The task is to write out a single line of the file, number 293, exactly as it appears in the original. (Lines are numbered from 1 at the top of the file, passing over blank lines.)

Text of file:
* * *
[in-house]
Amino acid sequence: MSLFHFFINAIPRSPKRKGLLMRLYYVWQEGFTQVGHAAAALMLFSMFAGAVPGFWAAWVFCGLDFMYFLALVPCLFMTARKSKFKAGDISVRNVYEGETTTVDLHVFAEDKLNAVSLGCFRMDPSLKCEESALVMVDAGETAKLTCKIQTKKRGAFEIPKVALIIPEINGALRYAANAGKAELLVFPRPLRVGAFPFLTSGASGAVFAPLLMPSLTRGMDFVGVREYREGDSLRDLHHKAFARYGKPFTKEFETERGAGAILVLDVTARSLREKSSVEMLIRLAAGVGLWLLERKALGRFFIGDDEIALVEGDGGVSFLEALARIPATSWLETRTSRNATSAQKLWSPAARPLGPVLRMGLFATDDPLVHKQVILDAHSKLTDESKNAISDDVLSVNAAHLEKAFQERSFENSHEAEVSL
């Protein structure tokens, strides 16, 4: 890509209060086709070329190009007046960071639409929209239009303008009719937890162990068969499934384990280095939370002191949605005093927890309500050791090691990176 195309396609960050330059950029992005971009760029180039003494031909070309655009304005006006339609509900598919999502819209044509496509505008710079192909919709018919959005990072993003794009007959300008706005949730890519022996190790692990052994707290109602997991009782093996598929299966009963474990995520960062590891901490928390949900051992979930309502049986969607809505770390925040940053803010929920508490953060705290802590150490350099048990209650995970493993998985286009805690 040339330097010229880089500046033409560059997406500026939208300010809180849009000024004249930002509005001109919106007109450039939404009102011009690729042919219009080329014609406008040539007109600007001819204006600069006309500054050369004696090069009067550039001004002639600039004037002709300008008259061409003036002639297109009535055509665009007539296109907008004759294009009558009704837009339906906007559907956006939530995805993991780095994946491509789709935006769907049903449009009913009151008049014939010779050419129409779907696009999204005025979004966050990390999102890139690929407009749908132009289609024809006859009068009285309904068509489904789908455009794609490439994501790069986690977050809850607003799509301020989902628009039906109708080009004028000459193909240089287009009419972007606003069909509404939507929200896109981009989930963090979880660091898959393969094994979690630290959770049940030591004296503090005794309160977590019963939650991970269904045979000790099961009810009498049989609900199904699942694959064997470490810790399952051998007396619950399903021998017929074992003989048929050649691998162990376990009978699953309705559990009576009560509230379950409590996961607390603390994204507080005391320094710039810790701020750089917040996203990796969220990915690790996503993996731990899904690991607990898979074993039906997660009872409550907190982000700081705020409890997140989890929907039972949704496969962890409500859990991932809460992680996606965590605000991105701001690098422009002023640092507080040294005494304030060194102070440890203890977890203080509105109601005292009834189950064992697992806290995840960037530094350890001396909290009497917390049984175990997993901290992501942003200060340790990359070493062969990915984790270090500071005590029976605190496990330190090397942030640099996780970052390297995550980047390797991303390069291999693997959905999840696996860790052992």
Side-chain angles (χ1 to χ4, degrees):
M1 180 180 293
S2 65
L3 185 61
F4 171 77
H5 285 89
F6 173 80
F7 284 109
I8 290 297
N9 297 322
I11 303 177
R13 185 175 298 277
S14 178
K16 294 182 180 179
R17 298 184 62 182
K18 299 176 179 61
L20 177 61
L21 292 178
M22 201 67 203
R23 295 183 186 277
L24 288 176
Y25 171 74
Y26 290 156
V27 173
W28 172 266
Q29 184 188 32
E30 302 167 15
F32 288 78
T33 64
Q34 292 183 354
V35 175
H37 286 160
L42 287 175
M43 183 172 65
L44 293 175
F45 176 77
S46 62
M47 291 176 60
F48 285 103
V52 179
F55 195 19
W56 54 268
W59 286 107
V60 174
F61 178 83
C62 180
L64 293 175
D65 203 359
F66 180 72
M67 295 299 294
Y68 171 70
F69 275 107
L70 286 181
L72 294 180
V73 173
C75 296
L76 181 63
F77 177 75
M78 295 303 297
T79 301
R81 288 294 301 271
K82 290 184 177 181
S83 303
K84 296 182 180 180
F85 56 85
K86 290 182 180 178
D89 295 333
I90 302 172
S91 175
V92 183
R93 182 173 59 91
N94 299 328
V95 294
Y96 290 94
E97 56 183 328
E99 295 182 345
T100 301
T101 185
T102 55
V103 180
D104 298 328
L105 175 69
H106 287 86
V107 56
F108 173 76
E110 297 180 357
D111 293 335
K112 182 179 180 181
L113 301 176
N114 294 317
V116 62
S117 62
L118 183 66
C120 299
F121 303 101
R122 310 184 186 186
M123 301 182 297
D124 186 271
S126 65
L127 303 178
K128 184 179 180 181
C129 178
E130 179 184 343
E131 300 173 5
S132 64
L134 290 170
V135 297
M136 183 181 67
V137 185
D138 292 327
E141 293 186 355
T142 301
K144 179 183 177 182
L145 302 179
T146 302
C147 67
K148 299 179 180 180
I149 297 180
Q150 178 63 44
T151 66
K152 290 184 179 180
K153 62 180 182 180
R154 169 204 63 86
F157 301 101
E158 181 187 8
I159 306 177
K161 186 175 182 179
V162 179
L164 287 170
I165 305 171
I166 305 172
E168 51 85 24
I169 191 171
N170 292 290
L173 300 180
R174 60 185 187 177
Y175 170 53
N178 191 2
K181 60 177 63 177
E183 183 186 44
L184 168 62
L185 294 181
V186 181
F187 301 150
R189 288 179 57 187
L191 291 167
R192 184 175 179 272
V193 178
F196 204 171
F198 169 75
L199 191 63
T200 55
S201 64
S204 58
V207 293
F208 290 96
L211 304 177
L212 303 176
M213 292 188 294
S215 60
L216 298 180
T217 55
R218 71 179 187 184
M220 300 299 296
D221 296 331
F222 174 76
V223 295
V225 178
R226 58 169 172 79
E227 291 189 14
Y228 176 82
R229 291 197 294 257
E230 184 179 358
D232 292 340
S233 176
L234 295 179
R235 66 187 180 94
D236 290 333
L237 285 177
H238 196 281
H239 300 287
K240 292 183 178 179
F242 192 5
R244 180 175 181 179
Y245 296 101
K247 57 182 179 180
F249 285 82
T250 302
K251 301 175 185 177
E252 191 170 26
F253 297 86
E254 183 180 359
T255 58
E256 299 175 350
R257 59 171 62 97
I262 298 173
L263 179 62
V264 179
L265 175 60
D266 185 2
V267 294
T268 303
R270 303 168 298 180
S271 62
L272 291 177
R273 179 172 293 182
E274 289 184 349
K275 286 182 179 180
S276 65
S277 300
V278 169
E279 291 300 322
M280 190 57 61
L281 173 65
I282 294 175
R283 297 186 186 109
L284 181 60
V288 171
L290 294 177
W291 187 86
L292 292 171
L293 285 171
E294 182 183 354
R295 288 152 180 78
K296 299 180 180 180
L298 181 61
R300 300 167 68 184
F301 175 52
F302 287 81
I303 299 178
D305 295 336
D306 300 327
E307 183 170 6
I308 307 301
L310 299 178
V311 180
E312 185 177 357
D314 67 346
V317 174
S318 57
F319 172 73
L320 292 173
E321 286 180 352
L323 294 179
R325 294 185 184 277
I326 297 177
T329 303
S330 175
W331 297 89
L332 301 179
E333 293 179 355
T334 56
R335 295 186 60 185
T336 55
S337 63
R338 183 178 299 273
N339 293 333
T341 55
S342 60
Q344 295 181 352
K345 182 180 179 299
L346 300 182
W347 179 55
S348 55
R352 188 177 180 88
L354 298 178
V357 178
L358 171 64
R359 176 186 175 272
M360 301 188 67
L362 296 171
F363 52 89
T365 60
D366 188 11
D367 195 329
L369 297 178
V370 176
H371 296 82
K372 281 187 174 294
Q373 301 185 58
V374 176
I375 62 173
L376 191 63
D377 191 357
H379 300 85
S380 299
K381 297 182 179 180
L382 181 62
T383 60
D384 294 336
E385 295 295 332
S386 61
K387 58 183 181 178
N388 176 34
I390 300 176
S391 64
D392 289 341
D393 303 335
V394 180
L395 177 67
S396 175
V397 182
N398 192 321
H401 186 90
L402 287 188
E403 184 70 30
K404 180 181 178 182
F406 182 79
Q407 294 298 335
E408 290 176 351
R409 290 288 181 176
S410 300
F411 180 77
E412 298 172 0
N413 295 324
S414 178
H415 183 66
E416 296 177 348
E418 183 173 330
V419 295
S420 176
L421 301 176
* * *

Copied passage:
D384 294 336